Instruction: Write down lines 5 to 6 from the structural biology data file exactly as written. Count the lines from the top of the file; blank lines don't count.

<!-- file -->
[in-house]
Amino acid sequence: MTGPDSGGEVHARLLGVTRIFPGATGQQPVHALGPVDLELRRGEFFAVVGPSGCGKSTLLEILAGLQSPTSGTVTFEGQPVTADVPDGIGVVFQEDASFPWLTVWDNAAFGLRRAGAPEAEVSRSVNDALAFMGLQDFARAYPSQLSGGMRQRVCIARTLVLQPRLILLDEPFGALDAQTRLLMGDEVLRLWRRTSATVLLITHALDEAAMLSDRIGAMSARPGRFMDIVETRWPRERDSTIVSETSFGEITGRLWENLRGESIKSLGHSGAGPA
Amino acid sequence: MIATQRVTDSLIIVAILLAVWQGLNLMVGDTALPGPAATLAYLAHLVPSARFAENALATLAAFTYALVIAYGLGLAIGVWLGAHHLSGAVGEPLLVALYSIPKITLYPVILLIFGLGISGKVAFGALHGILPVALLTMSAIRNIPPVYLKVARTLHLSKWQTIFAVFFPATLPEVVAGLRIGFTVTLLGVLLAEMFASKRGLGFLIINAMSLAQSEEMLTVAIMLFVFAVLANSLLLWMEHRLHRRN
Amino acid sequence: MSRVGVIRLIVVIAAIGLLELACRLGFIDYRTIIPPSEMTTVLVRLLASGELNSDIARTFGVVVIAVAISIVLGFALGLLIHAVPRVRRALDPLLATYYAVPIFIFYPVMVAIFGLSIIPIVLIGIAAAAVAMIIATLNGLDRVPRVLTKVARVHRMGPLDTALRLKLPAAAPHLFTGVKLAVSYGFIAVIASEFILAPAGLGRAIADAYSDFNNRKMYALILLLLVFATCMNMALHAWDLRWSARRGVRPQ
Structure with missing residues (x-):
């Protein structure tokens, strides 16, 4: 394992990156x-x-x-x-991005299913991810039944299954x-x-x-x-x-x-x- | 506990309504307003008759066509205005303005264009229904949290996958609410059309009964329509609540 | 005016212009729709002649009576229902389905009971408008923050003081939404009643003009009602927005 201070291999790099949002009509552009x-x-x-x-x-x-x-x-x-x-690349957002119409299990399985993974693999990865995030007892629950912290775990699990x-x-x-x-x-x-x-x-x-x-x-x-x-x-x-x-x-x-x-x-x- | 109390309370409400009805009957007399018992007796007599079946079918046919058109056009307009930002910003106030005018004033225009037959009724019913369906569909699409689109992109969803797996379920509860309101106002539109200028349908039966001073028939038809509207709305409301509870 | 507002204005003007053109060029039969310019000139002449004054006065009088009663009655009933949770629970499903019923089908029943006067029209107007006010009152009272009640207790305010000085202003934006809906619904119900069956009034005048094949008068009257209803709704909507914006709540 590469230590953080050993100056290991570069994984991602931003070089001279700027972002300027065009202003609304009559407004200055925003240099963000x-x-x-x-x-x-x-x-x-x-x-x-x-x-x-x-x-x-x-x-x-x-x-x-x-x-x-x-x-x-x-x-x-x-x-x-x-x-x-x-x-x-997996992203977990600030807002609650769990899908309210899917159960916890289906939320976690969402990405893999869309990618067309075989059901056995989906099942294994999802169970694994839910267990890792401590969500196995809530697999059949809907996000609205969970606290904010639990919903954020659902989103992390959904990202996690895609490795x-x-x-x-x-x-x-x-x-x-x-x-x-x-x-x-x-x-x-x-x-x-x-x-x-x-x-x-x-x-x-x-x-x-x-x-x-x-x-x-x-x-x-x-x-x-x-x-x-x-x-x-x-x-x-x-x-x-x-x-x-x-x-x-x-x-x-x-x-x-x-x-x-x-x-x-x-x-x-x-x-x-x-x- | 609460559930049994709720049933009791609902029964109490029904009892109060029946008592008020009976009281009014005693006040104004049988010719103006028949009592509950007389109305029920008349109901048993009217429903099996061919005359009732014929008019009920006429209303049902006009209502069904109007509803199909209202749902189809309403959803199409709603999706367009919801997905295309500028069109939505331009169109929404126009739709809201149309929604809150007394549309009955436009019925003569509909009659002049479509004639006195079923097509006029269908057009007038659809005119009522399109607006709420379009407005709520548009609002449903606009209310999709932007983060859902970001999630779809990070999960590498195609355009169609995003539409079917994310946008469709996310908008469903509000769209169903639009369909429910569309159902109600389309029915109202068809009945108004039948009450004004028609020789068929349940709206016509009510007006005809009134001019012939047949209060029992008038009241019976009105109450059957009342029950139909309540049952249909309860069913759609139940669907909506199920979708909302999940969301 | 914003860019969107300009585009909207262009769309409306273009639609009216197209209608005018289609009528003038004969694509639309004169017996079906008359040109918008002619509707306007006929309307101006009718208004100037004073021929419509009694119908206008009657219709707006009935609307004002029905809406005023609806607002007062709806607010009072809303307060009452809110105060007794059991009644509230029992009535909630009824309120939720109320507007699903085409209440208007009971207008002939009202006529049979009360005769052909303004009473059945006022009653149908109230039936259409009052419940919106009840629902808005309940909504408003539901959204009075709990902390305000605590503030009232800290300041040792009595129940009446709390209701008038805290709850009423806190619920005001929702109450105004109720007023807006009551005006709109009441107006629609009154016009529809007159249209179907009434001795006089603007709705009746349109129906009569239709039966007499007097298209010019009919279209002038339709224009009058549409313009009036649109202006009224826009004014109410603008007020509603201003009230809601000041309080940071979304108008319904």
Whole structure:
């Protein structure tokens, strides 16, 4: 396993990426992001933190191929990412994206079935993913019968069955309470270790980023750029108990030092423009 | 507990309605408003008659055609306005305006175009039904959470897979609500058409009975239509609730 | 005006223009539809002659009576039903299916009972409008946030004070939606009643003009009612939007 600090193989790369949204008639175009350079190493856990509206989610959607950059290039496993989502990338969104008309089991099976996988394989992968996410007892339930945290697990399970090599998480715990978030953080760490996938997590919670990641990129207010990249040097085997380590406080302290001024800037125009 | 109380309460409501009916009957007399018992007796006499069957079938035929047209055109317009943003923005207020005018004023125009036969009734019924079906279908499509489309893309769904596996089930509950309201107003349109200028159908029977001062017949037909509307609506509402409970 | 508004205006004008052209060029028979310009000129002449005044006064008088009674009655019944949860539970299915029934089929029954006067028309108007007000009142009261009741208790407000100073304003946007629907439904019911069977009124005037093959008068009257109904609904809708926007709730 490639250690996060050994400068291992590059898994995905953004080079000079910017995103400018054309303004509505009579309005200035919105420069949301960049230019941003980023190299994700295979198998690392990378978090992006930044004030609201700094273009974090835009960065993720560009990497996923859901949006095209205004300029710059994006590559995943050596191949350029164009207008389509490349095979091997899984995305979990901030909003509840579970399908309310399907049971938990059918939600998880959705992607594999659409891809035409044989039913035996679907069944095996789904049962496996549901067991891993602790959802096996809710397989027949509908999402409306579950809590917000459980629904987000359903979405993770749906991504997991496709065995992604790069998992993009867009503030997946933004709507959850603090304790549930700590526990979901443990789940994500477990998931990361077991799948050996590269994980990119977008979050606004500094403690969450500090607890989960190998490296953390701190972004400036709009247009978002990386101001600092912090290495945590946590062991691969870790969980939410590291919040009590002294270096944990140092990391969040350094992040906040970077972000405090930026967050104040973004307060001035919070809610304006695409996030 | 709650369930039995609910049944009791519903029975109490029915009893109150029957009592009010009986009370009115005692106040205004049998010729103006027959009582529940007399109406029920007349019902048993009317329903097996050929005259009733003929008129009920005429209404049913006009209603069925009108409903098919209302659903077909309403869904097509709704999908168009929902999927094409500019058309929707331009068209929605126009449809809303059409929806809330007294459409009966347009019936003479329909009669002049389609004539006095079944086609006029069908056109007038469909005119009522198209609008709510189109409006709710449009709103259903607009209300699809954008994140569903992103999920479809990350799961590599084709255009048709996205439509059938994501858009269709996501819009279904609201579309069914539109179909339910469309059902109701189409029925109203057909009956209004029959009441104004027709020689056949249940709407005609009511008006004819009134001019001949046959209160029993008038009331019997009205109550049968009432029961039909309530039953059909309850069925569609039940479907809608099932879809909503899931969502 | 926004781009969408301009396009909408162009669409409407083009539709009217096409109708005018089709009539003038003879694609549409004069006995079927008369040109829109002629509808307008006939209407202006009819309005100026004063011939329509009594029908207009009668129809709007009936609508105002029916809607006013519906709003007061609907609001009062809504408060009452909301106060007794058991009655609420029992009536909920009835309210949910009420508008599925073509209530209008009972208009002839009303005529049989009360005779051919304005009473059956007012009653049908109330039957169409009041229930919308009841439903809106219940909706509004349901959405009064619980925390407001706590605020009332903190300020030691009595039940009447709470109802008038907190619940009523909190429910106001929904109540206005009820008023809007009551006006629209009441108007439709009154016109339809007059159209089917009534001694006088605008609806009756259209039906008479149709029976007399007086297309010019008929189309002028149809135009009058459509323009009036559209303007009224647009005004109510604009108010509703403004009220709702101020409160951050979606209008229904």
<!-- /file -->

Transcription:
Structure with missing residues (x-):
């Protein structure tokens, strides 16, 4: 394992990156x-x-x-x-991005299913991810039944299954x-x-x-x-x-x-x- | 506990309504307003008759066509205005303005264009229904949290996958609410059309009964329509609540 | 005016212009729709002649009576229902389905009971408008923050003081939404009643003009009602927005 201070291999790099949002009509552009x-x-x-x-x-x-x-x-x-x-690349957002119409299990399985993974693999990865995030007892629950912290775990699990x-x-x-x-x-x-x-x-x-x-x-x-x-x-x-x-x-x-x-x-x- | 109390309370409400009805009957007399018992007796007599079946079918046919058109056009307009930002910003106030005018004033225009037959009724019913369906569909699409689109992109969803797996379920509860309101106002539109200028349908039966001073028939038809509207709305409301509870 | 507002204005003007053109060029039969310019000139002449004054006065009088009663009655009933949770629970499903019923089908029943006067029209107007006010009152009272009640207790305010000085202003934006809906619904119900069956009034005048094949008068009257209803709704909507914006709540 590469230590953080050993100056290991570069994984991602931003070089001279700027972002300027065009202003609304009559407004200055925003240099963000x-x-x-x-x-x-x-x-x-x-x-x-x-x-x-x-x-x-x-x-x-x-x-x-x-x-x-x-x-x-x-x-x-x-x-x-x-x-x-x-x-x-997996992203977990600030807002609650769990899908309210899917159960916890289906939320976690969402990405893999869309990618067309075989059901056995989906099942294994999802169970694994839910267990890792401590969500196995809530697999059949809907996000609205969970606290904010639990919903954020659902989103992390959904990202996690895609490795x-x-x-x-x-x-x-x-x-x-x-x-x-x-x-x-x-x-x-x-x-x-x-x-x-x-x-x-x-x-x-x-x-x-x-x-x-x-x-x-x-x-x-x-x-x-x-x-x-x-x-x-x-x-x-x-x-x-x-x-x-x-x-x-x-x-x-x-x-x-x-x-x-x-x-x-x-x-x-x-x-x-x-x- | 609460559930049994709720049933009791609902029964109490029904009892109060029946008592008020009976009281009014005693006040104004049988010719103006028949009592509950007389109305029920008349109901048993009217429903099996061919005359009732014929008019009920006429209303049902006009209502069904109007509803199909209202749902189809309403959803199409709603999706367009919801997905295309500028069109939505331009169109929404126009739709809201149309929604809150007394549309009955436009019925003569509909009659002049479509004639006195079923097509006029269908057009007038659809005119009522399109607006709420379009407005709520548009609002449903606009209310999709932007983060859902970001999630779809990070999960590498195609355009169609995003539409079917994310946008469709996310908008469903509000769209169903639009369909429910569309159902109600389309029915109202068809009945108004039948009450004004028609020789068929349940709206016509009510007006005809009134001019012939047949209060029992008038009241019976009105109450059957009342029950139909309540049952249909309860069913759609139940669907909506199920979708909302999940969301 | 914003860019969107300009585009909207262009769309409306273009639609009216197209209608005018289609009528003038004969694509639309004169017996079906008359040109918008002619509707306007006929309307101006009718208004100037004073021929419509009694119908206008009657219709707006009935609307004002029905809406005023609806607002007062709806607010009072809303307060009452809110105060007794059991009644509230029992009535909630009824309120939720109320507007699903085409209440208007009971207008002939009202006529049979009360005769052909303004009473059945006022009653149908109230039936259409009052419940919106009840629902808005309940909504408003539901959204009075709990902390305000605590503030009232800290300041040792009595129940009446709390209701008038805290709850009423806190619920005001929702109450105004109720007023807006009551005006709109009441107006629609009154016009529809007159249209179907009434001795006089603007709705009746349109129906009569239709039966007499007097298209010019009919279209002038339709224009009058549409313009009036649109202006009224826009004014109410603008007020509603201003009230809601000041309080940071979304108008319904």